I now have a notebook or laptop or sometimes even just my phone that I am constantly taking notes on and am a huge fan of running to-do lists. I start my day by making a list of things I need to accomplish and as the day goes on, I will add to this list or scratch things off. My last hour or so I take a minute to look at my list and triage what’s left. Anything that absolutely can’t wait, I do then. If it can be postponed till the next day, I will start my list for tomorrow and add these items to it.
The key here is communication if you can’t complete a task make sure you let the person relying on you know. Also, give them your deadline on when you will have it done. I usually say something like, “I had some things come up today and was not able to complete that task, I have it on my list for tomorrow and will have finished by this time. Does that work for you?” That way they know you didn’t blow them off.
We learned a lot about triage in nursing school. I propose you can take what you learned and apply this to your role as a clinical leader. Just like triaging patients takes practice, triaging interruptions takes practice as well. I find new nurse leaders usually start out one of two ways.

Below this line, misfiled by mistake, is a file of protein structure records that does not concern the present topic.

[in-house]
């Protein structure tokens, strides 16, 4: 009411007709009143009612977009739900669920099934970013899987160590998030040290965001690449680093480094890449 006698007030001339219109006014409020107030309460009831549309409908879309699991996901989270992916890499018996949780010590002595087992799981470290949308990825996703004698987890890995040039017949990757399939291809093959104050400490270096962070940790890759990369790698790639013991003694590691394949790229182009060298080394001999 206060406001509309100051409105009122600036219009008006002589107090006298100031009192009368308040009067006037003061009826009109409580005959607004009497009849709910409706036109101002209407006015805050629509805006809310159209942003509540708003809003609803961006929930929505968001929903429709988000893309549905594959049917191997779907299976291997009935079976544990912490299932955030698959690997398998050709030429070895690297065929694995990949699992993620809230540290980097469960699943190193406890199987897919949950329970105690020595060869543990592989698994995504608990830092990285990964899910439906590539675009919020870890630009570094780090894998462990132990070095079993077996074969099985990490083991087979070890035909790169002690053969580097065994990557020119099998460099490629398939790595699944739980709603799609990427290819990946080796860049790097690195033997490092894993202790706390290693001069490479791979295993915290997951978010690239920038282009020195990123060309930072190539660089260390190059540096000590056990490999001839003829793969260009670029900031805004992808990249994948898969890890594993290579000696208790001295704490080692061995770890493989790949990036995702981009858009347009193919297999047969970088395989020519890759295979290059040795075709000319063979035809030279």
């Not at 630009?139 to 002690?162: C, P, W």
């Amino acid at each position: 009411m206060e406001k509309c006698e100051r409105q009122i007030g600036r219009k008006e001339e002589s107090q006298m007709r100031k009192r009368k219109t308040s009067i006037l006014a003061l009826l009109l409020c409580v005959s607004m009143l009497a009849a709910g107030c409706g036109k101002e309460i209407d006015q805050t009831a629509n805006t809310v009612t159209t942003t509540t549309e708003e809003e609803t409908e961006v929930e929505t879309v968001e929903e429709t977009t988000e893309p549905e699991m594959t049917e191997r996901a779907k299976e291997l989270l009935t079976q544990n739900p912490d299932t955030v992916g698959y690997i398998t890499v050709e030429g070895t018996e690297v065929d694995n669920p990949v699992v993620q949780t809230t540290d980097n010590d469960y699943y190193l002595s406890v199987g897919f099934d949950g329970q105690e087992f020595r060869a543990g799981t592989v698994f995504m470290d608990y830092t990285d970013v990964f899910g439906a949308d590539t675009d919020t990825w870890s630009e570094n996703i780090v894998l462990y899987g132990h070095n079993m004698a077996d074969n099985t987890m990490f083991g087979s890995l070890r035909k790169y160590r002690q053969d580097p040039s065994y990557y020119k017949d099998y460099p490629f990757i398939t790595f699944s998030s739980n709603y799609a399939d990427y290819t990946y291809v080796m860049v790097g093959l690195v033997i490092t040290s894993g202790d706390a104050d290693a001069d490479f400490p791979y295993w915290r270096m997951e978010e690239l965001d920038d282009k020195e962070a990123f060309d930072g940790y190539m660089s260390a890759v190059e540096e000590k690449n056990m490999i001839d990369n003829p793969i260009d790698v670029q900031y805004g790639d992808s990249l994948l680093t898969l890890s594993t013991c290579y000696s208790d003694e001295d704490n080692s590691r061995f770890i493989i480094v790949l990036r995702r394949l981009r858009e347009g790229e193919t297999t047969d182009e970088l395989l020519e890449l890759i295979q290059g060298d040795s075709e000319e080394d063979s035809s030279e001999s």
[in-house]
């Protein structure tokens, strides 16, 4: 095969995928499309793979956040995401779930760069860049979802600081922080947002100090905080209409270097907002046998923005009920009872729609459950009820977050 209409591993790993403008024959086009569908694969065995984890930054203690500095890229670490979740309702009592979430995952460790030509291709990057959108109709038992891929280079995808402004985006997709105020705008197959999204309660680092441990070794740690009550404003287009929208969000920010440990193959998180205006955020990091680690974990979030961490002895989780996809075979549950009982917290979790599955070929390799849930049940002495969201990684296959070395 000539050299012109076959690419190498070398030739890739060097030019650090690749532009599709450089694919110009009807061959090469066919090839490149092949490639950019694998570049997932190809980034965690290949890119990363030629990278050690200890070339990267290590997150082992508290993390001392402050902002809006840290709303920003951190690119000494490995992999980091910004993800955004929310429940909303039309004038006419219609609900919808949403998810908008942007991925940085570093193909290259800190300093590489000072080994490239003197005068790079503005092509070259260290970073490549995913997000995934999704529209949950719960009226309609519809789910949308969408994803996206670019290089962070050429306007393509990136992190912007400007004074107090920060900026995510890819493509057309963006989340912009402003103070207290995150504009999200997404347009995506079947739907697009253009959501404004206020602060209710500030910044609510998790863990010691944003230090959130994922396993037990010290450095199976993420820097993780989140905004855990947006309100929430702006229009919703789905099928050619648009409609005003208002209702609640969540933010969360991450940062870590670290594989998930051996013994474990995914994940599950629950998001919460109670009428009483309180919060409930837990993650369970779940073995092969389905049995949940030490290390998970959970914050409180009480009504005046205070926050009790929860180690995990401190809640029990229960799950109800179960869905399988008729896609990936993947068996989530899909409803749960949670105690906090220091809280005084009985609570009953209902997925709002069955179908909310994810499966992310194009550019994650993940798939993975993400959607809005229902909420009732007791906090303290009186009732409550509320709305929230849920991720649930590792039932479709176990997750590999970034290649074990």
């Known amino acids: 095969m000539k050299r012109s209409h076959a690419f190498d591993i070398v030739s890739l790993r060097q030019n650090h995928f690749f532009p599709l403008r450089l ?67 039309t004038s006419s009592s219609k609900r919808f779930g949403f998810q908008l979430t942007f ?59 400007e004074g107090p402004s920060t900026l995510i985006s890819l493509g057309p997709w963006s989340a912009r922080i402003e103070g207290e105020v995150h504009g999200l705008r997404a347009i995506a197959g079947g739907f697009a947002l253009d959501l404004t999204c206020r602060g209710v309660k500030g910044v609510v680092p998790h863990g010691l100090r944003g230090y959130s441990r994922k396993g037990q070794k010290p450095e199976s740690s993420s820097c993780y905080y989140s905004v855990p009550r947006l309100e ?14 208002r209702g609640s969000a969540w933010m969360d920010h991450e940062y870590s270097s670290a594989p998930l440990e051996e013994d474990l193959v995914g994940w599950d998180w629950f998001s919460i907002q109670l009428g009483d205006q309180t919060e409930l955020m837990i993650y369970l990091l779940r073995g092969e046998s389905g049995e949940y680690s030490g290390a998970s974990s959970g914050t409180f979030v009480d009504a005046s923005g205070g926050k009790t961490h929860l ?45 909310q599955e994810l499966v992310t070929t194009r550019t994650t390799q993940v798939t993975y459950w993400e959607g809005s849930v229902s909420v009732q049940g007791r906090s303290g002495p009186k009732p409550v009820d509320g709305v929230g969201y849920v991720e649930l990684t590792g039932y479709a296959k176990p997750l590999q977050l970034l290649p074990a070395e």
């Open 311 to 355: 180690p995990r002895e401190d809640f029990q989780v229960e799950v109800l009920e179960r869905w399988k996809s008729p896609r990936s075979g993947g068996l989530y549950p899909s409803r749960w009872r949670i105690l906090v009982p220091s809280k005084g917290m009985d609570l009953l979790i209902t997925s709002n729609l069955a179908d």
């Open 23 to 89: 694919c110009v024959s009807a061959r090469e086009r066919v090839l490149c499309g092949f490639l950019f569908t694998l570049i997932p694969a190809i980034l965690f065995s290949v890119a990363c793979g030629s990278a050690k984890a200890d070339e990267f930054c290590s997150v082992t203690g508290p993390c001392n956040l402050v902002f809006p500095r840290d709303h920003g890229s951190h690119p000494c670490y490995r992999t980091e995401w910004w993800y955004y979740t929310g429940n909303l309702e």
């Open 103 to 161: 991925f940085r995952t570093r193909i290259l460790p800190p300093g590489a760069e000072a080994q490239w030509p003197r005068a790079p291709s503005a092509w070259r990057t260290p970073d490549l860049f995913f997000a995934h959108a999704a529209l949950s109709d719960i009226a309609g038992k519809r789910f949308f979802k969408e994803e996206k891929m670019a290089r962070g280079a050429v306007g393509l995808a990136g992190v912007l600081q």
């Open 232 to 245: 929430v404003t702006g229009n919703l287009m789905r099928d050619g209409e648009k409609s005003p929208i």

The first, take on everything as soon as it crosses their plate. These nurses are sitting with a patient doing an assessment, and someone walks in with a phone call. They excuse themselves and answer the call, going back to the patient to only have someone else interrupt. Once again, they excuse themselves and take care it. This cycle turns into a pattern for their work day. They are always stopping what they are doing and taking care of the next” emergency.”
The second group is very task orientated. They sit down to do the assessment, and someone comes with a phone call and before finding out who the caller is the nurse shoos them out the door. However, in this case, it was the doctor who is getting on a plane and needs to give them an order for the patient they are currently assessing.
Both of these leads to patients and families feeling that they can’t trust in your leadership. They may feel you are flighty and not listen or so busy you can never be bothered with their concerns. By learning to make quick triage decisions, you can learn to prioritize your day and your responses. Taking care of those critical situations while devoting your attention to the task at hand.